National Anthropological Archives
According to Bureau of American Ethnology-AR 38, pages 5-6, Swanton worked on a comparative vocabulary of these languages in 1916-1917.

typescript and autograph document

Contents: "Key to Comparative vocabularies," a numerical key to English equivalents of the Indian terms in the vocabularies. Typescript and autograph document. 2 pages. Comparative vocabulary of Natchez, Tunica, Chitimacha, and Attacapa. Autograph document. 22 pages. Comparative vocabulary of Creek, Choctaw, Alabama, and Hitchiti. Autograph document. 23 pages. Comparative vocabulary of Tonkawa, Comecrudo, Coahuilteco, Cotoname, and Karankawa. Autograph document. 22 pages. Comparative vocabulary of Koasati, Creek, Hitchiti, Alabama, Choctaw, Chickasaw, and Natchez. Typescript and autograph document. 2 pages. Comparative vocabulary of Timucua and other Southeastern languages. Typescript and Autograph document. 19 pages. Comparison of Natchez vocabulary, phonology and structure with other Muskhogean languages. Typescript Document with A. notations. 57 cards.

Spatial frames of reference in Mesoamerican languages

Smithsonian Libraries
This article presents the conceptual and methodological framework for the special issue Frames of reference in Mesoamerican languages, which reports on the use of frames of reference (FoRs) in eight Mesoamerican languages and two non-Mesoamerican control languages. The papers included here are a result of the ongoing collaborative project Spatial language and cognition in Mesoamerica. This article provides a background to the study of FoRs, the research methodology used cross-linguistically, the classification that serves as the basis for the coding of cross-linguistic data, and a preview of the articles in the special issue.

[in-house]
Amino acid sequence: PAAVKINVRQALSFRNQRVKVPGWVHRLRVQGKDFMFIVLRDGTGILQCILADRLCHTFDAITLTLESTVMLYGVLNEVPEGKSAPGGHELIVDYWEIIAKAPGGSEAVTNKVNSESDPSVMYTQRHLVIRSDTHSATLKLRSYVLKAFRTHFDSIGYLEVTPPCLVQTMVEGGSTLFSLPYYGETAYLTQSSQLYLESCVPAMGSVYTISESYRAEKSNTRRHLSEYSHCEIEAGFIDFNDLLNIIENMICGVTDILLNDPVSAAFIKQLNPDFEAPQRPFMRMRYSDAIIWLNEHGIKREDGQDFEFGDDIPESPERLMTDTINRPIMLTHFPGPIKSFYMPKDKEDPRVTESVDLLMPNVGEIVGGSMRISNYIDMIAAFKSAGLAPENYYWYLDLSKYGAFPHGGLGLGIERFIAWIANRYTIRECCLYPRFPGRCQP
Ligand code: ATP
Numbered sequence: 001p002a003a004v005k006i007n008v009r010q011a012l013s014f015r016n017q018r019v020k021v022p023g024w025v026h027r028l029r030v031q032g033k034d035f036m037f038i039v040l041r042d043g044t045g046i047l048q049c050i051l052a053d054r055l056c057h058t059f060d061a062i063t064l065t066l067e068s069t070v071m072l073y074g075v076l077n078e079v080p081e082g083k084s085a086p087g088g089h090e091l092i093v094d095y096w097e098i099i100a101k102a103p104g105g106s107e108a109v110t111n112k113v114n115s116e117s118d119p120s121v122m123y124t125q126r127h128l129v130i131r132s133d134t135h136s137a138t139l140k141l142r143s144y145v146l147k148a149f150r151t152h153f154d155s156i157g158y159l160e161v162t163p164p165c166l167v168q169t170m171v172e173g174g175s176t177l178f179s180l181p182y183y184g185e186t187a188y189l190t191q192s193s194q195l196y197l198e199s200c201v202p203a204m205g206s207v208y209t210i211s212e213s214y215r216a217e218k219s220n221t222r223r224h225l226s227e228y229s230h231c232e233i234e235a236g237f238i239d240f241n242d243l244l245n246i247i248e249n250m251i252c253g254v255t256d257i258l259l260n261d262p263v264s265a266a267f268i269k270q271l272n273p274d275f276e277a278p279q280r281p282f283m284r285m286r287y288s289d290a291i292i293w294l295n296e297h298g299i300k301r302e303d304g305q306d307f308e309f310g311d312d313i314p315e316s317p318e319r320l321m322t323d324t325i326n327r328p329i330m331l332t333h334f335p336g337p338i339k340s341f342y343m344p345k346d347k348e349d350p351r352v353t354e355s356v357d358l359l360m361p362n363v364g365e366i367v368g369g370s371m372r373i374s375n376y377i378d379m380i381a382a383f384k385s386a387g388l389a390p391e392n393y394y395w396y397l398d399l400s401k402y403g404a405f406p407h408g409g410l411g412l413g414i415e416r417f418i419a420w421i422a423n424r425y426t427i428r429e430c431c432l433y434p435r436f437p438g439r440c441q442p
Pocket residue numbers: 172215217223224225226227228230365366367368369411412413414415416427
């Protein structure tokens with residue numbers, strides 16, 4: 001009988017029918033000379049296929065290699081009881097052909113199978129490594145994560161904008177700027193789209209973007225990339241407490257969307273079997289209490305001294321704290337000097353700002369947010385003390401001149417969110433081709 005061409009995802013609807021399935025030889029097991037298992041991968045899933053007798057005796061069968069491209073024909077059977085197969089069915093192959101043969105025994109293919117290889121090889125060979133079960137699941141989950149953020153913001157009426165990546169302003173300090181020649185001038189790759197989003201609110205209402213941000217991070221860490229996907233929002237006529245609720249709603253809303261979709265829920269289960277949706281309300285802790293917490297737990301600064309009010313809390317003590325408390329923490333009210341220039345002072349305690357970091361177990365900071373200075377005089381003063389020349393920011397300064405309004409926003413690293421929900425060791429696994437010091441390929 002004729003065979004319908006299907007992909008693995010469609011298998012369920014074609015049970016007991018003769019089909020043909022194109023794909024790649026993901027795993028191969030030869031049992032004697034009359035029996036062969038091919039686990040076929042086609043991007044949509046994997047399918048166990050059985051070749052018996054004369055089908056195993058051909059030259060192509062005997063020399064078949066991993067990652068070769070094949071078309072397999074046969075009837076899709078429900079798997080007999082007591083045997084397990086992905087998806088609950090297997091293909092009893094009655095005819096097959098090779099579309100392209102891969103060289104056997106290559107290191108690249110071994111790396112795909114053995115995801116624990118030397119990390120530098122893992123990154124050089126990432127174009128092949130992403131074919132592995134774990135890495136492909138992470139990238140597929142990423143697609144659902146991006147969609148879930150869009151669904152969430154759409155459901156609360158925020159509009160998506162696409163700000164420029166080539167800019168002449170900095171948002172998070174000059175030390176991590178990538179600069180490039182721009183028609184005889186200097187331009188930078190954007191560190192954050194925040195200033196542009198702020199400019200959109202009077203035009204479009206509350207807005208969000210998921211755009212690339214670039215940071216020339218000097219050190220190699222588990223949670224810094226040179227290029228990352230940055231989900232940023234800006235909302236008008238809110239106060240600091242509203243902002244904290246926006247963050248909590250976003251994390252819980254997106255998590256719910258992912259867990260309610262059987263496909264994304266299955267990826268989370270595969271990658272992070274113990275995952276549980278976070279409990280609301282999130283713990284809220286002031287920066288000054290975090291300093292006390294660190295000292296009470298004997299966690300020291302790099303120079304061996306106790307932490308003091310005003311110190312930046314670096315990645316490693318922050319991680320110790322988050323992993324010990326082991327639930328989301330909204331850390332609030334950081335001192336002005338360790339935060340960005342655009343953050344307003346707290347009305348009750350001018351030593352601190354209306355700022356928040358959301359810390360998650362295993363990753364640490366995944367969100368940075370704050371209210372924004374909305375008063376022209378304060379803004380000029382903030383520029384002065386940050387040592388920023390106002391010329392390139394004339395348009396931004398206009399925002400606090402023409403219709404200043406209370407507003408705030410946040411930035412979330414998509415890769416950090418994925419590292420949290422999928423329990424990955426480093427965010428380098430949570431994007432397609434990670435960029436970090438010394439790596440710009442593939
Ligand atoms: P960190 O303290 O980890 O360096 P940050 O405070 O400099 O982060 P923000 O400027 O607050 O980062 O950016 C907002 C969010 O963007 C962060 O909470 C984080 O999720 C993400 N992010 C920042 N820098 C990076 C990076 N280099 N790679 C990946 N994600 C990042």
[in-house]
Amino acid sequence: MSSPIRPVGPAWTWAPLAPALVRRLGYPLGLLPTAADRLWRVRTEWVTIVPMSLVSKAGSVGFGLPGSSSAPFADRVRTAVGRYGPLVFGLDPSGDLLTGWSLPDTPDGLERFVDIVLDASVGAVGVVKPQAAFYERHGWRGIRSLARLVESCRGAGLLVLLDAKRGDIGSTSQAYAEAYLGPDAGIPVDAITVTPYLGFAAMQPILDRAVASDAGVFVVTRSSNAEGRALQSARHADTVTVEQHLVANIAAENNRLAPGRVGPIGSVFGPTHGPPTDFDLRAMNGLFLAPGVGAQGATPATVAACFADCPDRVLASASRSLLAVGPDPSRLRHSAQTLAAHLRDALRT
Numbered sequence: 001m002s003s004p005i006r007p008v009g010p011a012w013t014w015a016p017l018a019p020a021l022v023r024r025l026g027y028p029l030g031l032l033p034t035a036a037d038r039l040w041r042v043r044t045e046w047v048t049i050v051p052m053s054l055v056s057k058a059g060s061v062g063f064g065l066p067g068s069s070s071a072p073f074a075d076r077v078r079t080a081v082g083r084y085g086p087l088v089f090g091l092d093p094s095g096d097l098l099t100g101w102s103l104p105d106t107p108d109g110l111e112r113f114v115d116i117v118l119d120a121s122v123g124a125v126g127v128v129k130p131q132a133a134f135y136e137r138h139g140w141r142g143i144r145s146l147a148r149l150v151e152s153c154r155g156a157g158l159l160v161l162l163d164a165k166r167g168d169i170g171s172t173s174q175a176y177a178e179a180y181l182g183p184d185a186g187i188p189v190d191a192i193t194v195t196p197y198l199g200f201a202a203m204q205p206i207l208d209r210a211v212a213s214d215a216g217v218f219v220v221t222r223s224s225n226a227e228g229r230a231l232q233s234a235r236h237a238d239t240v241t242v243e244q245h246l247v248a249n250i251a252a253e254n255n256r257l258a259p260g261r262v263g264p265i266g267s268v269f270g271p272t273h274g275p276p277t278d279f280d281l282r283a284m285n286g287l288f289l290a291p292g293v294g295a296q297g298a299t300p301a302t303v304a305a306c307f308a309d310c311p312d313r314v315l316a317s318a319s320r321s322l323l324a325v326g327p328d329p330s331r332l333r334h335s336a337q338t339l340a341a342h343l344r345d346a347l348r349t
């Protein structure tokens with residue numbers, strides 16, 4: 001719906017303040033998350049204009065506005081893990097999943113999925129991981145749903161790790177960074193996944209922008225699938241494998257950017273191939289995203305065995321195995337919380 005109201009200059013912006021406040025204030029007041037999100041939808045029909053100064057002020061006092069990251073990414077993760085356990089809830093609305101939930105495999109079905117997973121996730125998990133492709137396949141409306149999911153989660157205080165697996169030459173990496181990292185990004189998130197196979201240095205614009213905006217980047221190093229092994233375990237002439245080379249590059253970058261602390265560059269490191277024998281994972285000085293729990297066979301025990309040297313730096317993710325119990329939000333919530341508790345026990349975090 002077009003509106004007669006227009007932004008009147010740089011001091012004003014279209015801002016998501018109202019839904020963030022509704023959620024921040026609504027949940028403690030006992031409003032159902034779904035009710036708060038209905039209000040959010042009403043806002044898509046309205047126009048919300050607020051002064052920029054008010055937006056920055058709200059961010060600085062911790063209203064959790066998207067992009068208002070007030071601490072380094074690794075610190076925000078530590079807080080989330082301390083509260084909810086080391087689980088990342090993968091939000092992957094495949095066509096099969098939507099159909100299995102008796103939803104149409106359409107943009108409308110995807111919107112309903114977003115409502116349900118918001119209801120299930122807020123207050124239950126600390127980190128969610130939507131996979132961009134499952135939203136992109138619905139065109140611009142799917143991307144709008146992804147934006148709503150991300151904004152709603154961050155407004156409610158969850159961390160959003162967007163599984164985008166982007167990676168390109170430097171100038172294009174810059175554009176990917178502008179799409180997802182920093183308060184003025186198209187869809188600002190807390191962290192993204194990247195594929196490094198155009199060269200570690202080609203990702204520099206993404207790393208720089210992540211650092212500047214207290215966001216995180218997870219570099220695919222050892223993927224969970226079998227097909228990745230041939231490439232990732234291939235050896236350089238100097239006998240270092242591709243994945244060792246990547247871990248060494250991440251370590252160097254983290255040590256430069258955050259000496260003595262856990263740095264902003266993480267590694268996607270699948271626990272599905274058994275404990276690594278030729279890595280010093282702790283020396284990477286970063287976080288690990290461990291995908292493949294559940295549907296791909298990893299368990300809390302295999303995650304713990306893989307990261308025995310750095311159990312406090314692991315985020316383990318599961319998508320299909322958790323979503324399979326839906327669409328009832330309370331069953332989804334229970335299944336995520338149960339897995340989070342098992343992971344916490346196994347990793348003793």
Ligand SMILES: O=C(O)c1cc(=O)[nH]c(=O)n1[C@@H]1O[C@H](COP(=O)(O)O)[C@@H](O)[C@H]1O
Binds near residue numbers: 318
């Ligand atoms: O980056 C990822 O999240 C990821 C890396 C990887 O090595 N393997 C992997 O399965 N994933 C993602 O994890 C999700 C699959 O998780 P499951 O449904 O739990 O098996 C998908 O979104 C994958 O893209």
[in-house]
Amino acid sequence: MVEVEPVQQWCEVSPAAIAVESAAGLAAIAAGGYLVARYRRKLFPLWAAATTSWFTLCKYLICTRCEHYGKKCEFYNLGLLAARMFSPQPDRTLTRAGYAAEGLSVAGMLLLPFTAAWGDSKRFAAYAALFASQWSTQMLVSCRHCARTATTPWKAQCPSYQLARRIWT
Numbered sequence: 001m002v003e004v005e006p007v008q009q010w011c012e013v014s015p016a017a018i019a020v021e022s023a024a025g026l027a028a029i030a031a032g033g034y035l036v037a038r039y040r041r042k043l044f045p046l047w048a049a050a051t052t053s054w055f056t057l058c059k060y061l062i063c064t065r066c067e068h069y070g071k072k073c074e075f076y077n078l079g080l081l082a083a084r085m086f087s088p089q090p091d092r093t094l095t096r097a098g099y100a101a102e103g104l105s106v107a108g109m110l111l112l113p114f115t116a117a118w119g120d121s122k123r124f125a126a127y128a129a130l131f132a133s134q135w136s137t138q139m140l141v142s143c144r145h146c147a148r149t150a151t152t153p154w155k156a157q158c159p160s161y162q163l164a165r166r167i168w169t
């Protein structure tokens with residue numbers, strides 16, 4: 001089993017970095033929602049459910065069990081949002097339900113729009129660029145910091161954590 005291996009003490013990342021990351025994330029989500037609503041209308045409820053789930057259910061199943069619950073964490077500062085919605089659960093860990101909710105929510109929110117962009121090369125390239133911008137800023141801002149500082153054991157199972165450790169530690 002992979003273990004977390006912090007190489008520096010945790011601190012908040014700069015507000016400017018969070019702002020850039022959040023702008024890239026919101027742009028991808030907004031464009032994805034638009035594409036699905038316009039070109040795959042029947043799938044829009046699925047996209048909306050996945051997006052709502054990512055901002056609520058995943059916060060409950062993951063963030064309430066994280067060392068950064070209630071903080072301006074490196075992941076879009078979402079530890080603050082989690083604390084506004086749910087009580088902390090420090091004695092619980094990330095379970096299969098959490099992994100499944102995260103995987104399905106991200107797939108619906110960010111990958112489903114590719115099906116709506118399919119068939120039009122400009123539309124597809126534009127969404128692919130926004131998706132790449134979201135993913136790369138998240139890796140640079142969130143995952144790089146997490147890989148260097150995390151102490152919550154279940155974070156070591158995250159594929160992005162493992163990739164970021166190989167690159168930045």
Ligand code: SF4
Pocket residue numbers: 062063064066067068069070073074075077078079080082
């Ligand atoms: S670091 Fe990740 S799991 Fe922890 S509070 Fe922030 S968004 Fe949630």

Five Lost Languages Rediscovered in Massachusetts

Smithsonian Magazine

American history has just been slightly rewritten. Previously, experts had believed that the Native Americans of central Massachusetts spoke a single language, Loup (pronounced “Lou,” literally meaning “wolf”). But new research shows that they spoke at least five different languages.